Maslenitsa

Maslenitsa
Maslenitsa kustodiev.jpg
Maslenitsa, Boris Kustodiev, 1919 (Isaak Brodsky Museum, St. Petersburg)
Also calledMasnytsia, Syropust
Observed byRussia, Ukraine and Belarus, as well as Russian, Ukrainian and Belarusian diaspora communities
TypeEthnic
Significancelast week before Great Lent
CelebrationsIn Russia: eating blini, snowball fights, sledding
In Ukraine and Belarus: eating varenyky with cottage cheese
2018 date12 to 18 February
2019 date4 to 10 March
2020 date24 February to 1 March
Frequencyannual
Related toMardi Gras

Maslenitsa (Russian: Мaсленица, Ukrainian: Масниця, Belarusian: Масленіца; also known as Butter Lady, Butter Week, Crepe week, or Cheesefare Week) is an Eastern Slavic religious and folk holiday, celebrated during the last week before Great Lent, that is, the eighth week before Eastern Orthodox Pascha (Easter). Maslenitsa corresponds to the Western Christian Carnival, except that Orthodox Lent begins on a Monday instead of a Wednesday, and the Orthodox date of Easter can differ greatly from the Western Christian date.

Traditions[edit]

Vasily Surikov. Taking a Snow Town, 1891.
Leonid Solomatkin. Maslenitsa, 1878.
K. Kryzhanovsky. Sunday of Forgiveness, 19th century.

According to archeological evidence from 2nd century A.D. Maslenitsa may be the oldest surviving Slavic holiday.[1] Maslenitsa has its origins in the pagan tradition. In Slavic mythology, Maslenitsa is a sun-festival, personified by the ancient god Volos,[1] and a celebration of the imminent end of the winter. In the Christian tradition, Maslenitsa is the last week before the onset of Great Lent.[2]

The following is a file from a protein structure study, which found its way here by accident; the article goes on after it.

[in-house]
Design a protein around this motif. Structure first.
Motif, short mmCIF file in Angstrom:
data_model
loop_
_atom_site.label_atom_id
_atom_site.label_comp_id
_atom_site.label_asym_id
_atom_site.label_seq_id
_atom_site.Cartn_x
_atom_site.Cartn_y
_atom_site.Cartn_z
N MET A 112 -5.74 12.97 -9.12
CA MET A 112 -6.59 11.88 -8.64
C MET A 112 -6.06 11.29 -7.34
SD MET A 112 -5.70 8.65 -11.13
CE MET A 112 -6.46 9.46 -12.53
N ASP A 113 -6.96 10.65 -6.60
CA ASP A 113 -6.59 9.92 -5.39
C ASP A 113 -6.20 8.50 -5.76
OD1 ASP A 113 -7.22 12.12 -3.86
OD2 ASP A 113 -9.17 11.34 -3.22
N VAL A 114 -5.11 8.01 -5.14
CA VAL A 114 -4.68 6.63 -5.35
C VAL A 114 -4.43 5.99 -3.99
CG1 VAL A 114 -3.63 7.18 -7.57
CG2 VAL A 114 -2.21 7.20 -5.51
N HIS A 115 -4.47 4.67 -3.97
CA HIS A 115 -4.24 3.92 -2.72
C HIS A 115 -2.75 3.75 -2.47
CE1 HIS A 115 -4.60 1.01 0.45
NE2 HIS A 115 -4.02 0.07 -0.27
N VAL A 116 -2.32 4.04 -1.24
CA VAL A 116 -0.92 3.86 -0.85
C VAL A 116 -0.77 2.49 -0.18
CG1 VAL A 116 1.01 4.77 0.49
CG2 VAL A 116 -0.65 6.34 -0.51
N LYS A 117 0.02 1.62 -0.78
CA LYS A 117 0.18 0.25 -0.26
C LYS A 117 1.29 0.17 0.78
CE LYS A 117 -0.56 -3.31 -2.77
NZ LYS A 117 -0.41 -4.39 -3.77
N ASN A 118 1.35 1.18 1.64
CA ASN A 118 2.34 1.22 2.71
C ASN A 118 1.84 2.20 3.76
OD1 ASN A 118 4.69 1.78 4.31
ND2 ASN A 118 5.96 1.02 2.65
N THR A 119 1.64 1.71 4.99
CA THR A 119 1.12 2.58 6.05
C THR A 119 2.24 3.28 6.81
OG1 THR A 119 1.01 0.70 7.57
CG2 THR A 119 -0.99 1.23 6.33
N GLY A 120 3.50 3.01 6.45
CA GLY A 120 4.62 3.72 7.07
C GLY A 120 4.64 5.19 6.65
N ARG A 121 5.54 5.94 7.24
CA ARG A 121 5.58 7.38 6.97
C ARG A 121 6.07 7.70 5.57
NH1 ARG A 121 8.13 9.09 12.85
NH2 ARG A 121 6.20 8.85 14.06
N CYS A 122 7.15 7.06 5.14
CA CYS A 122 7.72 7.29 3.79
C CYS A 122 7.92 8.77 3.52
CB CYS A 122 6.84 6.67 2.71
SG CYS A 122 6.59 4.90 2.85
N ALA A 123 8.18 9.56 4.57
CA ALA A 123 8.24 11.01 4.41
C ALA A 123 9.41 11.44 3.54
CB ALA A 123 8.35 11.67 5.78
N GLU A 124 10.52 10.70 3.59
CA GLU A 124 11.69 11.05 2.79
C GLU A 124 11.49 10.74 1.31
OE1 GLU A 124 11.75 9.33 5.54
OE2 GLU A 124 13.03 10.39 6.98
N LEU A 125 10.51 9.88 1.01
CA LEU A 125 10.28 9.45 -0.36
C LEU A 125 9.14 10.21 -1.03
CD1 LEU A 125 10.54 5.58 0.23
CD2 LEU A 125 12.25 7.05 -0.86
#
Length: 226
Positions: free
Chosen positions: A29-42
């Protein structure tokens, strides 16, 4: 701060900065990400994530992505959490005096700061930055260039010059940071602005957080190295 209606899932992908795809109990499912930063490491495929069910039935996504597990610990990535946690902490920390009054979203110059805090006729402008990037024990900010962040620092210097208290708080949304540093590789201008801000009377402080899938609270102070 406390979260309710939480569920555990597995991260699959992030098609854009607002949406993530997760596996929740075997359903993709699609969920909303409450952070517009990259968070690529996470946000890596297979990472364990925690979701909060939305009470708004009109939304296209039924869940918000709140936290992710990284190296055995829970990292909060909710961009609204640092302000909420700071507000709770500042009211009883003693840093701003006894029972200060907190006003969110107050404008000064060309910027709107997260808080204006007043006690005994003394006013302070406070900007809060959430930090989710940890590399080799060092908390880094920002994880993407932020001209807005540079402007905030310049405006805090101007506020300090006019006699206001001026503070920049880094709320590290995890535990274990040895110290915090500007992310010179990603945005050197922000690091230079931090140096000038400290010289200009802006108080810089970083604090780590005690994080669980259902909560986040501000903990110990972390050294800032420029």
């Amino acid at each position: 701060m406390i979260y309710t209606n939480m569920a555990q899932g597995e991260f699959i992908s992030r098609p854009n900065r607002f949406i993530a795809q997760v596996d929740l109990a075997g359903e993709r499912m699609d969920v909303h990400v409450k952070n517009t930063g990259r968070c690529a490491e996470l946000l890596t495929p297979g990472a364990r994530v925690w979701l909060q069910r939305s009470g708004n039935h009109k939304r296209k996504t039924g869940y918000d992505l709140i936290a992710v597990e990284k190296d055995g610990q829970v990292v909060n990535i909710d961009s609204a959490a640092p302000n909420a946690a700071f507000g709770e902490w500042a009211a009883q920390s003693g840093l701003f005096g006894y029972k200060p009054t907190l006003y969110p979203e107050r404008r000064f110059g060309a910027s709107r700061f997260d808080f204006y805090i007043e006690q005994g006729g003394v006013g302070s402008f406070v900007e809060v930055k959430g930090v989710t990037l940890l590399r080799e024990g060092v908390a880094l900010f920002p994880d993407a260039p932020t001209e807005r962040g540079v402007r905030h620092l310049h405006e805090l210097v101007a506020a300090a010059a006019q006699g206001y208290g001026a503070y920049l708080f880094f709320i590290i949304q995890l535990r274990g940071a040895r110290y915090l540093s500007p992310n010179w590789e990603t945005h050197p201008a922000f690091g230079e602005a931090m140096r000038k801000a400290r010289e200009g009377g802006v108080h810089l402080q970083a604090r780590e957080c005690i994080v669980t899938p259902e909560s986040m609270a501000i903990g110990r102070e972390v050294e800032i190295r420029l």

During the week of Maslenitsa, meat is already forbidden to Orthodox Christians, and it is the last week during which eggs, milk, cheese and other dairy products are permitted, leading to its name of "Cheese-fare week" or "Crepe week". The most characteristic food of Maslenitsa is bliny thin pancakes or crepes, made from the rich foods still allowed by the Orthodox tradition that week: butter, eggs and milk.

Since Lent excludes parties, secular music, dancing and other distractions from spiritual life, Maslenitsa represents the last chance to take part in social activities that are not appropriate during the more prayerful, sober and introspective Lenten season.[1]